No. 6 Iowa takes down No. 2 Indiana! pic.twitter.com/pRfXlgSCl4
“She’s the best all-around player that I’ve ever coached,” Bluder said. “She’s the player of the year because of her impact on our team compared to other players who have surrounding people who can take some of the pressure off mentally or defensively. Having that name ‘Connecticut’ or ‘South Carolina’ helps you get votes automatically. She gets a lot of shots, but she also gets the best defensive player all the time. When the [stakes] get higher, that’s when she gets better.”
Team staffers insist that Clark has an off-court alter ego, that she is a goofball who might stroll into lunch wearing a bathrobe. Her parents encourage her to find time in the offseason to relax on the beach in Florida or at Lake Viking in Missouri, and the entire family attended a Kansas City Chiefs game over Christmas break.
These attempts at balance are mostly in vain; Jensen said molding Clark has been “the challenge of a lifetime.”
Iowa’s coaches describe an ongoing tug-of-war between Clark’s innate self-assuredness and her growing willingness to trust her teammates. Clark has been instructed to save her longest attempts for the end of quarters or late in the shot clock, and she has learned that feeding center Monika Czinano can crack the opposing defense from the inside out.
The Hawkeyes thrive off Clark’s confidence and marvel at her audacious Michael Jordan shrug celebrations when she hits a big three-pointer, but they also must cope with the nagging issue identified by her first-grade teacher: She can be too hard on herself. That perfectionism can manifest in knee-jerk reactions, which occasionally cause her to lose focus. Iowa’s coaches have stressed the importance of moving on from mistakes, and Clark’s teammates have learned to assemble like security guards around her to de-escalate brewing confrontations with referees or opponents.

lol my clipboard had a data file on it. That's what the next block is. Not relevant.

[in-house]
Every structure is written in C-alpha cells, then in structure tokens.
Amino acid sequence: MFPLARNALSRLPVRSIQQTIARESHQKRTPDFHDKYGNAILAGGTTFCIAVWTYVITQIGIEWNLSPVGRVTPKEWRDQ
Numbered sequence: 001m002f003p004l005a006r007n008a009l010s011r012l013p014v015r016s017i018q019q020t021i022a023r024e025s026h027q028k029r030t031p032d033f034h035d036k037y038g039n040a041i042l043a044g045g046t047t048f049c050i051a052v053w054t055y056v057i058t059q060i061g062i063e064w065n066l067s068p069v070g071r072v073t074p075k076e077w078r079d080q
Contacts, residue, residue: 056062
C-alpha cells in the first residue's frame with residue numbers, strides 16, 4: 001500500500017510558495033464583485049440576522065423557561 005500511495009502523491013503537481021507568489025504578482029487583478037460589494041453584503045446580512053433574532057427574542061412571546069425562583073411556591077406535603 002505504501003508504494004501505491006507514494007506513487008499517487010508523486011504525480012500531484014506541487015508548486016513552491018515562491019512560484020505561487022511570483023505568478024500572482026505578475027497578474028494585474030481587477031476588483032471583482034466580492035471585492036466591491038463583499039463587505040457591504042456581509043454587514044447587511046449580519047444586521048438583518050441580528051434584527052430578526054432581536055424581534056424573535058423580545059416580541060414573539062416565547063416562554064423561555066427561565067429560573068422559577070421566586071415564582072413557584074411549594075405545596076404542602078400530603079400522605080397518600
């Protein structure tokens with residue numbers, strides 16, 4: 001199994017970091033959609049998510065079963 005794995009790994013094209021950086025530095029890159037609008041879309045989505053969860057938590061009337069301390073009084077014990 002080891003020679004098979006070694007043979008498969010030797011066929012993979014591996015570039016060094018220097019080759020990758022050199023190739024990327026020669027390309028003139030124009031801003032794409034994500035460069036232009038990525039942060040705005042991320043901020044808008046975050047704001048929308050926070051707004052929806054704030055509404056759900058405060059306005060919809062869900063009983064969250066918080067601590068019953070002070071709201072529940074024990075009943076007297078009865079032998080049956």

“I get mad,” Clark admitted. “You have reactions that you don’t always love in the heat of battle. I’m full of passion no matter what I’m doing. I’m going to give you every single part of me. I’m going to give my heart to this. I want young girls to know that you can play with joy and passion.”
In a January win over Northwestern, a frustrated Clark received a technical foul for shouting a profanity to herself after missing a shot. Though Bluder put Clark through a leadership course aimed at refining her communication skills and tone, the 61-year-old coach was quick to push back against criticism concerning on-court demeanor.
“What makes me upset is that a men’s basketball player can act like that, and he’s just being a player,” Bluder said. “But if a women’s basketball player does the same things, oh, it should stop. I don’t know why we should be judged differently based on our sexes. I hope she changes some of these conversations.”
Clark’s craftsmanship and flair will undoubtedly make her a top pick in the WNBA draft, and she said she “obviously want[s] to be the number one pick.” Durant can already envision how she will transform her first professional team.
“Whoever gets her is going to fill the seats up, win some basketball games and have some fun while she’s there,” he said. “She’s one of those players who attracts other players and who attracts casual fans and turns them into real fans.”
When, exactly, Clark enters the draft remains to be seen; she could stay at Iowa for a fifth season because of the NCAA’s coronavirus eligibility guidelines. While she won’t need to make a decision for at least a year, the NCAA’s new name, image and likeness rules, which allow athletes to earn endorsement income, could play in Iowa’s favor. Clark, a marketing major with a 3.88 grade-point average and dreams of working as a front-office executive in pro sports, already has struck lucrative deals with Nike and the Hy-Vee supermarket chain.
“It will be very difficult,” said Clark, who is “50-50” on whether to stay for a fifth season. “I love this place. You’re playing in front of a lot of people, doing it in your home state, doing it with your friends. Turning pro, you’re traveling all the time, you’re only playing three months a year, you’re moving to a whole new city where you probably don’t know anybody. NIL definitely makes it more of an incentive to come back, in a way. It adds another pro on the pros and cons list.”
For now, Clark is focused on making the Final Four after a second-round loss to Creighton last year. That upset represented a step back from her freshman season, when the Hawkeyes advanced to the Sweet 16.
Clark spent last summer adding eight pounds of muscle and chewing on the fact that the pinnacle of her sport has, so far, remained just beyond her reach. Iowa’s NCAA tournament losses stung just like her final game at Dowling. And second place will never be good enough, whether it’s a first-grade math quiz or the Naismith Player of the Year voting.
“It does drive you,” Clark said. “Growing up, I’ve always been right there, chasing the number one spot. I feel like I am the best player in the country. I’ve put in a lot of time in the gym to believe that. The confidence I have when I shoot the ball is because of the work I put in during the summer. Why wouldn’t I want to be at the top?”